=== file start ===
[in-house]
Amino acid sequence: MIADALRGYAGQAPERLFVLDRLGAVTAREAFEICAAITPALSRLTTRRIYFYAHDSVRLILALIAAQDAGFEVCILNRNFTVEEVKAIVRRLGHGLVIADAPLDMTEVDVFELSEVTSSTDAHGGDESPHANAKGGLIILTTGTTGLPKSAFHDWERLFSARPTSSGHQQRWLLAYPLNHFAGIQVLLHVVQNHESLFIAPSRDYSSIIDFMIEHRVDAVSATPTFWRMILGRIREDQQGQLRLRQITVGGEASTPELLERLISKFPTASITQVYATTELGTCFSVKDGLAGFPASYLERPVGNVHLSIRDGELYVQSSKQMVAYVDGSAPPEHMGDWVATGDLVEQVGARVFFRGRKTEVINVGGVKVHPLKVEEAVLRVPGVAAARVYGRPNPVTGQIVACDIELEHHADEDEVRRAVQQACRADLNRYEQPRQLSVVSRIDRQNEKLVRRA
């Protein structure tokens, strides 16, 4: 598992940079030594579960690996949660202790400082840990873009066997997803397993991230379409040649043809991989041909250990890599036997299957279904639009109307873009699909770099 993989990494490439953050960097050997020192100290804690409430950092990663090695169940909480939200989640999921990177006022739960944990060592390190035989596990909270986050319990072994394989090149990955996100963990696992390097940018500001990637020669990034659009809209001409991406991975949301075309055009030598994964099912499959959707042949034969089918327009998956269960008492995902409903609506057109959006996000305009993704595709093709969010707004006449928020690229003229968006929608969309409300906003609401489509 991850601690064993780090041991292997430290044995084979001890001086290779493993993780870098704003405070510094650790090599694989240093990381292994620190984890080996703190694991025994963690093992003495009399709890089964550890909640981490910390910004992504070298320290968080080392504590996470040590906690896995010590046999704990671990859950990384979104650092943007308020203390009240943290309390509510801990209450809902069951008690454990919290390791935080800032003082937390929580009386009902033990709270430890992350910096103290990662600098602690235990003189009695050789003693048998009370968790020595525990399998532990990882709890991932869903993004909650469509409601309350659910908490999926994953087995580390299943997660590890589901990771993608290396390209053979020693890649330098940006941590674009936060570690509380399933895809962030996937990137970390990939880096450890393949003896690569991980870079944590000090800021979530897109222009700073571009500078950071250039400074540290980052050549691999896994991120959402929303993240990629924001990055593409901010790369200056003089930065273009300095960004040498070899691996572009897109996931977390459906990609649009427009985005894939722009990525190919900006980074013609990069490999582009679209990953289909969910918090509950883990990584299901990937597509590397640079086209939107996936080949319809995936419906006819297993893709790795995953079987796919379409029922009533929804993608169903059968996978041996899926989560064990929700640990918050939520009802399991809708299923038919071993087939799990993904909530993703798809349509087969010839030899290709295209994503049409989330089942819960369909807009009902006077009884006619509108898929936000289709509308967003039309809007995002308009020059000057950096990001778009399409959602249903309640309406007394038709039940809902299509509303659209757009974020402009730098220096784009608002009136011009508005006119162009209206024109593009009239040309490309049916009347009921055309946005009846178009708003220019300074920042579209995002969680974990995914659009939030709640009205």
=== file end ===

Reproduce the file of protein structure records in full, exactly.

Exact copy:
[in-house]
Amino acid sequence: MIADALRGYAGQAPERLFVLDRLGAVTAREAFEICAAITPALSRLTTRRIYFYAHDSVRLILALIAAQDAGFEVCILNRNFTVEEVKAIVRRLGHGLVIADAPLDMTEVDVFELSEVTSSTDAHGGDESPHANAKGGLIILTTGTTGLPKSAFHDWERLFSARPTSSGHQQRWLLAYPLNHFAGIQVLLHVVQNHESLFIAPSRDYSSIIDFMIEHRVDAVSATPTFWRMILGRIREDQQGQLRLRQITVGGEASTPELLERLISKFPTASITQVYATTELGTCFSVKDGLAGFPASYLERPVGNVHLSIRDGELYVQSSKQMVAYVDGSAPPEHMGDWVATGDLVEQVGARVFFRGRKTEVINVGGVKVHPLKVEEAVLRVPGVAAARVYGRPNPVTGQIVACDIELEHHADEDEVRRAVQQACRADLNRYEQPRQLSVVSRIDRQNEKLVRRA
């Protein structure tokens, strides 16, 4: 598992940079030594579960690996949660202790400082840990873009066997997803397993991230379409040649043809991989041909250990890599036997299957279904639009109307873009699909770099 993989990494490439953050960097050997020192100290804690409430950092990663090695169940909480939200989640999921990177006022739960944990060592390190035989596990909270986050319990072994394989090149990955996100963990696992390097940018500001990637020669990034659009809209001409991406991975949301075309055009030598994964099912499959959707042949034969089918327009998956269960008492995902409903609506057109959006996000305009993704595709093709969010707004006449928020690229003229968006929608969309409300906003609401489509 991850601690064993780090041991292997430290044995084979001890001086290779493993993780870098704003405070510094650790090599694989240093990381292994620190984890080996703190694991025994963690093992003495009399709890089964550890909640981490910390910004992504070298320290968080080392504590996470040590906690896995010590046999704990671990859950990384979104650092943007308020203390009240943290309390509510801990209450809902069951008690454990919290390791935080800032003082937390929580009386009902033990709270430890992350910096103290990662600098602690235990003189009695050789003693048998009370968790020595525990399998532990990882709890991932869903993004909650469509409601309350659910908490999926994953087995580390299943997660590890589901990771993608290396390209053979020693890649330098940006941590674009936060570690509380399933895809962030996937990137970390990939880096450890393949003896690569991980870079944590000090800021979530897109222009700073571009500078950071250039400074540290980052050549691999896994991120959402929303993240990629924001990055593409901010790369200056003089930065273009300095960004040498070899691996572009897109996931977390459906990609649009427009985005894939722009990525190919900006980074013609990069490999582009679209990953289909969910918090509950883990990584299901990937597509590397640079086209939107996936080949319809995936419906006819297993893709790795995953079987796919379409029922009533929804993608169903059968996978041996899926989560064990929700640990918050939520009802399991809708299923038919071993087939799990993904909530993703798809349509087969010839030899290709295209994503049409989330089942819960369909807009009902006077009884006619509108898929936000289709509308967003039309809007995002308009020059000057950096990001778009399409959602249903309640309406007394038709039940809902299509509303659209757009974020402009730098220096784009608002009136011009508005006119162009209206024109593009009239040309490309049916009347009921055309946005009846178009708003220019300074920042579209995002969680974990995914659009939030709640009205």